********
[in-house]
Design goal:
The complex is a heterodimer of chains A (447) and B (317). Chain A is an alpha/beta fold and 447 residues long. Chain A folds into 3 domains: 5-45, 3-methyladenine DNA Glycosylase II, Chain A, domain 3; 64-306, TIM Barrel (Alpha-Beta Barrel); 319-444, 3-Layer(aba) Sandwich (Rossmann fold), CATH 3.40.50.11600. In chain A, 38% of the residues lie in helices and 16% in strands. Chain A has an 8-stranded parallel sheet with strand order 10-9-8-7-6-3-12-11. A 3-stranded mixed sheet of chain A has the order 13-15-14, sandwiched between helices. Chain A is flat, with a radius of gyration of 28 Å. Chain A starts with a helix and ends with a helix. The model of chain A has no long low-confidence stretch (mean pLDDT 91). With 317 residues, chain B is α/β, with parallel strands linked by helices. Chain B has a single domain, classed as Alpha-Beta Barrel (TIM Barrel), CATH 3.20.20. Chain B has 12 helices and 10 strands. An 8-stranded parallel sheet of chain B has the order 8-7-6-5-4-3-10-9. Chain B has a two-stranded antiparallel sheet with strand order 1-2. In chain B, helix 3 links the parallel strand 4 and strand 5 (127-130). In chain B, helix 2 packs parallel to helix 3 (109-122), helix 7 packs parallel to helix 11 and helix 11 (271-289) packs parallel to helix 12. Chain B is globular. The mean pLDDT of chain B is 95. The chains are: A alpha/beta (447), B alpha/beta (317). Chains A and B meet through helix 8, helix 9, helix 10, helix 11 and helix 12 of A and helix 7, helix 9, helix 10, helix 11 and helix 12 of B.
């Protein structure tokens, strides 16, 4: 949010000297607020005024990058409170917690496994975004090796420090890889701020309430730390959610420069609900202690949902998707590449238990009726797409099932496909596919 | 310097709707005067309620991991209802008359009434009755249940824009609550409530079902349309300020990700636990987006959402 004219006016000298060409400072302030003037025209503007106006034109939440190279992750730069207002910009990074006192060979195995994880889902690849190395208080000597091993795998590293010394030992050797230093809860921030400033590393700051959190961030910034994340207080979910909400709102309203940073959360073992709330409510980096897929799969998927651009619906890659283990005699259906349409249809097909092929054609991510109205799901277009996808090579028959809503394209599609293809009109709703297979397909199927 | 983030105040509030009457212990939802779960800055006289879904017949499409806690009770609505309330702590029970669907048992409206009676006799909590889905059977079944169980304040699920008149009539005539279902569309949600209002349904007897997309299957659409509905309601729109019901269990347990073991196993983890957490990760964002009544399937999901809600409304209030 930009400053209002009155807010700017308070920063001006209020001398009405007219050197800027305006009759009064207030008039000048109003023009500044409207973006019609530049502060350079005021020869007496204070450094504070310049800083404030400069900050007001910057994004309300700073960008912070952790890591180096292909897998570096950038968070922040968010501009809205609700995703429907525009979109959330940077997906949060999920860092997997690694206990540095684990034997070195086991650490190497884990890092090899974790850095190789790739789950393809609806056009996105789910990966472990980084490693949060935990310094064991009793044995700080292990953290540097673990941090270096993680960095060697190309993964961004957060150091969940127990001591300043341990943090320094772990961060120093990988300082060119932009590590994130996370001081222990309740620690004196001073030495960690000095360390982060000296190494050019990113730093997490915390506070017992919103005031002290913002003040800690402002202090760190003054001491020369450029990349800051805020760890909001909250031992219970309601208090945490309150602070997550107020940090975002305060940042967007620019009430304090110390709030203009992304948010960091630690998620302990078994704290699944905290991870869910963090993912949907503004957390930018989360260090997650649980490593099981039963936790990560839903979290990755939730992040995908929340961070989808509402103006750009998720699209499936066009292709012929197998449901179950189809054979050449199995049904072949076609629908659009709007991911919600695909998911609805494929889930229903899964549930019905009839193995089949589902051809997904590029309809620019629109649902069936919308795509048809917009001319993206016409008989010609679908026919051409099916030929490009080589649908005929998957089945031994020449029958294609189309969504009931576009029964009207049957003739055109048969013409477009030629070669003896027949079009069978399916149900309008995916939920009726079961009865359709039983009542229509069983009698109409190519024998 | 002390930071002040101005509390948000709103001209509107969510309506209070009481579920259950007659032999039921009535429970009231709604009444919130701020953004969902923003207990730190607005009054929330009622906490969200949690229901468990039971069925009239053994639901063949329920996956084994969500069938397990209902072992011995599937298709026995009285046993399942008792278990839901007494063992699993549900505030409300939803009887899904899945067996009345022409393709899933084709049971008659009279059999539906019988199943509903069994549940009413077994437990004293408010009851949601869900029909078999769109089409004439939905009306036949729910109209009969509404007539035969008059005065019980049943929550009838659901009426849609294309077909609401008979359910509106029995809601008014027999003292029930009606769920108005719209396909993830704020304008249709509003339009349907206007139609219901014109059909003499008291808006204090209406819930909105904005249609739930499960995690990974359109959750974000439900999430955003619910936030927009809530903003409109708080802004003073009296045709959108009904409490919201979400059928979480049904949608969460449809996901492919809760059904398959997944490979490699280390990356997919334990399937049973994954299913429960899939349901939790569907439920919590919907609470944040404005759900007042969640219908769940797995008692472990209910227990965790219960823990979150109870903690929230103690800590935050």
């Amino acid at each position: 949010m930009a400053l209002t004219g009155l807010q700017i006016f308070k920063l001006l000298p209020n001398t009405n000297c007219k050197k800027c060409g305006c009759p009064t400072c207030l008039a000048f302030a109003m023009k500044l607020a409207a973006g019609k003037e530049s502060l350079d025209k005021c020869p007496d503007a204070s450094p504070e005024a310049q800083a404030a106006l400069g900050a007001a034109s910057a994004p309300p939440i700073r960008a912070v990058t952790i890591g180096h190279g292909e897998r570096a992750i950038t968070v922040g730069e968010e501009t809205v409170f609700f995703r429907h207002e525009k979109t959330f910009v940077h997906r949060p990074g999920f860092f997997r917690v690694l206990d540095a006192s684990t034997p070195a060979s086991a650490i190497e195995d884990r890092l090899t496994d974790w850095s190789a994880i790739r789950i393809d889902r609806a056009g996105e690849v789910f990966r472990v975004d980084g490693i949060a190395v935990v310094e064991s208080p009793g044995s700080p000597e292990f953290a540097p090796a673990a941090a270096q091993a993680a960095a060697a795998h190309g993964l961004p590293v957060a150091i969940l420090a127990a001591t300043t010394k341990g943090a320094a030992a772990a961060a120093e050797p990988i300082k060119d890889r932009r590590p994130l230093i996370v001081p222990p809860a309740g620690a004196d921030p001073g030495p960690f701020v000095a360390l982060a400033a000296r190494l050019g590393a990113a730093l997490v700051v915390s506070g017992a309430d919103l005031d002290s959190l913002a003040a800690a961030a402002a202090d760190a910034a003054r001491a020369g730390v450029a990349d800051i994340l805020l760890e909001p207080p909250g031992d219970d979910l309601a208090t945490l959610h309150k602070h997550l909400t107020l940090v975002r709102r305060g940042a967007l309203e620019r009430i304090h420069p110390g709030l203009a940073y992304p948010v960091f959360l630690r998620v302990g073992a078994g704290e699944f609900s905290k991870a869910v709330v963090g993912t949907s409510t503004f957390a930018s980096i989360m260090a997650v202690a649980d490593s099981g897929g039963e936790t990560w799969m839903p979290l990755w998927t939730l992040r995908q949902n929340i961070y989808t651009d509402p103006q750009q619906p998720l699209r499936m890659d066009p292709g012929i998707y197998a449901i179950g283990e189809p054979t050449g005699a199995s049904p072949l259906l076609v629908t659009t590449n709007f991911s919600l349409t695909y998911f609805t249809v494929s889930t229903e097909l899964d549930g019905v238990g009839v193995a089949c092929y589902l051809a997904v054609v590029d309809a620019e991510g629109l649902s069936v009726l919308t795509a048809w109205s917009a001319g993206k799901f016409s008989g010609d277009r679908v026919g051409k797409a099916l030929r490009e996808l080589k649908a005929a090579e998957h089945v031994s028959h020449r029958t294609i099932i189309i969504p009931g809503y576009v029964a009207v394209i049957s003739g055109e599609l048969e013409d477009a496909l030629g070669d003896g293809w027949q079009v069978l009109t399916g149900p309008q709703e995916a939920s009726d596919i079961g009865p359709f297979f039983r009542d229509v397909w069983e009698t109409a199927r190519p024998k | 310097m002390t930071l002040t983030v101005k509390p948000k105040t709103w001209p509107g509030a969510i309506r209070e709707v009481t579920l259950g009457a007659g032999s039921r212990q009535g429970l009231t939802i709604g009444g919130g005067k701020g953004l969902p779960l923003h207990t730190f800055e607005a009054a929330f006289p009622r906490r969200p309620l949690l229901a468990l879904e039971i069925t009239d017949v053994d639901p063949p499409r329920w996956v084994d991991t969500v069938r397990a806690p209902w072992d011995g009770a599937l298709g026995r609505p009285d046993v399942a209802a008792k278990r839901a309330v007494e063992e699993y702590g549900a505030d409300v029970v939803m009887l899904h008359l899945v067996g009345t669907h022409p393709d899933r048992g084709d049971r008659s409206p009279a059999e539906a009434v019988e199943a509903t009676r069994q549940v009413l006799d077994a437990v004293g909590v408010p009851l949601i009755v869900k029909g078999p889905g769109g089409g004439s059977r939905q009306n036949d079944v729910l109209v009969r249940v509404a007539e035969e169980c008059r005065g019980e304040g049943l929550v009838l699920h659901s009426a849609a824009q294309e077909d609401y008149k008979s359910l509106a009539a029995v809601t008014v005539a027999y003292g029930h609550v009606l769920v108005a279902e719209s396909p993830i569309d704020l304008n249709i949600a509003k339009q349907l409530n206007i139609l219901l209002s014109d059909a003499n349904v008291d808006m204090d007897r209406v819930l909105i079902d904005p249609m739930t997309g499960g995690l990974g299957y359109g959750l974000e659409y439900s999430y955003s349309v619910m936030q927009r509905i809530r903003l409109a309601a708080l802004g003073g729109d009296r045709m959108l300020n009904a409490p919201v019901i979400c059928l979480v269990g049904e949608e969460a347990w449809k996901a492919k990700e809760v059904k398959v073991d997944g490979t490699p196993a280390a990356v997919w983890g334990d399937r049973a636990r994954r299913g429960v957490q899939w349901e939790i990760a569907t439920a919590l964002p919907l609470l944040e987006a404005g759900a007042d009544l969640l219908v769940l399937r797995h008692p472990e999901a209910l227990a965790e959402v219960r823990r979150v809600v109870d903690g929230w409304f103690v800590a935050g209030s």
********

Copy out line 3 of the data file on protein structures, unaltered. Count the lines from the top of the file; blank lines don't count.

The complex is a heterodimer of chains A (447) and B (317). Chain A is an alpha/beta fold and 447 residues long. Chain A folds into 3 domains: 5-45, 3-methyladenine DNA Glycosylase II, Chain A, domain 3; 64-306, TIM Barrel (Alpha-Beta Barrel); 319-444, 3-Layer(aba) Sandwich (Rossmann fold), CATH 3.40.50.11600. In chain A, 38% of the residues lie in helices and 16% in strands. Chain A has an 8-stranded parallel sheet with strand order 10-9-8-7-6-3-12-11. A 3-stranded mixed sheet of chain A has the order 13-15-14, sandwiched between helices. Chain A is flat, with a radius of gyration of 28 Å. Chain A starts with a helix and ends with a helix. The model of chain A has no long low-confidence stretch (mean pLDDT 91). With 317 residues, chain B is α/β, with parallel strands linked by helices. Chain B has a single domain, classed as Alpha-Beta Barrel (TIM Barrel), CATH 3.20.20. Chain B has 12 helices and 10 strands. An 8-stranded parallel sheet of chain B has the order 8-7-6-5-4-3-10-9. Chain B has a two-stranded antiparallel sheet with strand order 1-2. In chain B, helix 3 links the parallel strand 4 and strand 5 (127-130). In chain B, helix 2 packs parallel to helix 3 (109-122), helix 7 packs parallel to helix 11 and helix 11 (271-289) packs parallel to helix 12. Chain B is globular. The mean pLDDT of chain B is 95. The chains are: A alpha/beta (447), B alpha/beta (317). Chains A and B meet through helix 8, helix 9, helix 10, helix 11 and helix 12 of A and helix 7, helix 9, helix 10, helix 11 and helix 12 of B.